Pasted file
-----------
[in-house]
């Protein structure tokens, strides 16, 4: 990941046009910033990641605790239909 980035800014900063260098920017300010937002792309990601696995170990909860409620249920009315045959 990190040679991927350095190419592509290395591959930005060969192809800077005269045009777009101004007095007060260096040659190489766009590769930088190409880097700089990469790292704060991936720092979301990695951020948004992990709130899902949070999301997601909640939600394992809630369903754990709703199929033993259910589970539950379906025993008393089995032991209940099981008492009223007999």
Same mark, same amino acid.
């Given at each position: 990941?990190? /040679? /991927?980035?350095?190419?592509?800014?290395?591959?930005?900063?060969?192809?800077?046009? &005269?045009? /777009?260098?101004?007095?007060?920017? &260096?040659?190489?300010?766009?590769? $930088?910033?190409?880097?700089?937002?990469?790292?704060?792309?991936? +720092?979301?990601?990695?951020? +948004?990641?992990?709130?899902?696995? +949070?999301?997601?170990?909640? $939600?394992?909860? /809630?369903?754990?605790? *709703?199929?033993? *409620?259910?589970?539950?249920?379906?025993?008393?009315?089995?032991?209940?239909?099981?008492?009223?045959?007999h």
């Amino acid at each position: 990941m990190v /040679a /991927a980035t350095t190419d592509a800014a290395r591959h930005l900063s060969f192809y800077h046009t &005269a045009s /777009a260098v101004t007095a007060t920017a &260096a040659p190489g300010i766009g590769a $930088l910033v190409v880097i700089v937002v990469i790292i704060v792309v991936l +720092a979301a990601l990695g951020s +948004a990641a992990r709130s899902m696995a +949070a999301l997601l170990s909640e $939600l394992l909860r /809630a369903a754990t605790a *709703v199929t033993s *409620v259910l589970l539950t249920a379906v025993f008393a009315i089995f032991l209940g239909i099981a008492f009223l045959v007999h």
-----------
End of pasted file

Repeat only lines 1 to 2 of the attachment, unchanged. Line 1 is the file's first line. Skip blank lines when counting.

[in-house]
């Protein structure tokens, strides 16, 4: 990941046009910033990641605790239909 980035800014900063260098920017300010937002792309990601696995170990909860409620249920009315045959 990190040679991927350095190419592509290395591959930005060969192809800077005269045009777009101004007095007060260096040659190489766009590769930088190409880097700089990469790292704060991936720092979301990695951020948004992990709130899902949070999301997601909640939600394992809630369903754990709703199929033993259910589970539950379906025993008393089995032991209940099981008492009223007999």